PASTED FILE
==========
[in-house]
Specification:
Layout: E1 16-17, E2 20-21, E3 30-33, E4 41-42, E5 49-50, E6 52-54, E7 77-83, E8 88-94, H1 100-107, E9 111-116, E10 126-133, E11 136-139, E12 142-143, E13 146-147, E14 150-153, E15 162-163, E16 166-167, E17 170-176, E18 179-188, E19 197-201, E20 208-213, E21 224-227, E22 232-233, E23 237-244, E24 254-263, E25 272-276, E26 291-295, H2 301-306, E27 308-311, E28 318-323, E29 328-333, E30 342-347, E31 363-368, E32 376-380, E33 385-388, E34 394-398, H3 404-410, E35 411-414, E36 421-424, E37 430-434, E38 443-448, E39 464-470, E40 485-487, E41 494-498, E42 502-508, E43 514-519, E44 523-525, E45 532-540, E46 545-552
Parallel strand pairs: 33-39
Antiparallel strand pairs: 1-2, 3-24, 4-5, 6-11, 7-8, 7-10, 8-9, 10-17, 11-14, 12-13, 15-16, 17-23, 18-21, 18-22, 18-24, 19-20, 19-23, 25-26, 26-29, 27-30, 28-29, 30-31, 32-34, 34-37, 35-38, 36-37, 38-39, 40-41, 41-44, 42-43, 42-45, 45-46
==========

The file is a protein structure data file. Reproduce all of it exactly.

[in-house]
Specification:
Layout: E1 16-17, E2 20-21, E3 30-33, E4 41-42, E5 49-50, E6 52-54, E7 77-83, E8 88-94, H1 100-107, E9 111-116, E10 126-133, E11 136-139, E12 142-143, E13 146-147, E14 150-153, E15 162-163, E16 166-167, E17 170-176, E18 179-188, E19 197-201, E20 208-213, E21 224-227, E22 232-233, E23 237-244, E24 254-263, E25 272-276, E26 291-295, H2 301-306, E27 308-311, E28 318-323, E29 328-333, E30 342-347, E31 363-368, E32 376-380, E33 385-388, E34 394-398, H3 404-410, E35 411-414, E36 421-424, E37 430-434, E38 443-448, E39 464-470, E40 485-487, E41 494-498, E42 502-508, E43 514-519, E44 523-525, E45 532-540, E46 545-552
Parallel strand pairs: 33-39
Antiparallel strand pairs: 1-2, 3-24, 4-5, 6-11, 7-8, 7-10, 8-9, 10-17, 11-14, 12-13, 15-16, 17-23, 18-21, 18-22, 18-24, 19-20, 19-23, 25-26, 26-29, 27-30, 28-29, 30-31, 32-34, 34-37, 35-38, 36-37, 38-39, 40-41, 41-44, 42-43, 42-45, 45-46